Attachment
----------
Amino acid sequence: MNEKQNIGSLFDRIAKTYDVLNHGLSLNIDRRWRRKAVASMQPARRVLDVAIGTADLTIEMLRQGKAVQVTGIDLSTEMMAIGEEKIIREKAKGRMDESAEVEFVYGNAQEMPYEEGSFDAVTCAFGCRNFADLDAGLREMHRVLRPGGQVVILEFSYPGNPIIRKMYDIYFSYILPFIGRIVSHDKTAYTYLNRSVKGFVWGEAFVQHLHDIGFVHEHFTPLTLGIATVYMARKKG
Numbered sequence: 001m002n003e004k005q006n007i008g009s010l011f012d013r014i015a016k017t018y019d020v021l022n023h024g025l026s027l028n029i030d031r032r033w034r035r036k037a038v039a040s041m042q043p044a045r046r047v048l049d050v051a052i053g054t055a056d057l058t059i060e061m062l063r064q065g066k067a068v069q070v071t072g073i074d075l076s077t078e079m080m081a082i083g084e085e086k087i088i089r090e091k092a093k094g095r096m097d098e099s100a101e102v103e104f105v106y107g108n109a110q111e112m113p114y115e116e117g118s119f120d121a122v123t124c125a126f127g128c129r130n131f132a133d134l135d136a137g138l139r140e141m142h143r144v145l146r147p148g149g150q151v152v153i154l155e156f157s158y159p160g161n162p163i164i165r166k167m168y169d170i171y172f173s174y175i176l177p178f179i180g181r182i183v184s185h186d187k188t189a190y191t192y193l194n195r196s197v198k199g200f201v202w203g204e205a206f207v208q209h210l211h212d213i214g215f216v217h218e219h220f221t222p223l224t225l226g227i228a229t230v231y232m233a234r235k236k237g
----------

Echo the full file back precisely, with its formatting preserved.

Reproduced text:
Amino acid sequence: MNEKQNIGSLFDRIAKTYDVLNHGLSLNIDRRWRRKAVASMQPARRVLDVAIGTADLTIEMLRQGKAVQVTGIDLSTEMMAIGEEKIIREKAKGRMDESAEVEFVYGNAQEMPYEEGSFDAVTCAFGCRNFADLDAGLREMHRVLRPGGQVVILEFSYPGNPIIRKMYDIYFSYILPFIGRIVSHDKTAYTYLNRSVKGFVWGEAFVQHLHDIGFVHEHFTPLTLGIATVYMARKKG
Numbered sequence: 001m002n003e004k005q006n007i008g009s010l011f012d013r014i015a016k017t018y019d020v021l022n023h024g025l026s027l028n029i030d031r032r033w034r035r036k037a038v039a040s041m042q043p044a045r046r047v048l049d050v051a052i053g054t055a056d057l058t059i060e061m062l063r064q065g066k067a068v069q070v071t072g073i074d075l076s077t078e079m080m081a082i083g084e085e086k087i088i089r090e091k092a093k094g095r096m097d098e099s100a101e102v103e104f105v106y107g108n109a110q111e112m113p114y115e116e117g118s119f120d121a122v123t124c125a126f127g128c129r130n131f132a133d134l135d136a137g138l139r140e141m142h143r144v145l146r147p148g149g150q151v152v153i154l155e156f157s158y159p160g161n162p163i164i165r166k167m168y169d170i171y172f173s174y175i176l177p178f179i180g181r182i183v184s185h186d187k188t189a190y191t192y193l194n195r196s197v198k199g200f201v202w203g204e205a206f207v208q209h210l211h212d213i214g215f216v217h218e219h220f221t222p223l224t225l226g227i228a229t230v231y232m233a234r235k236k237g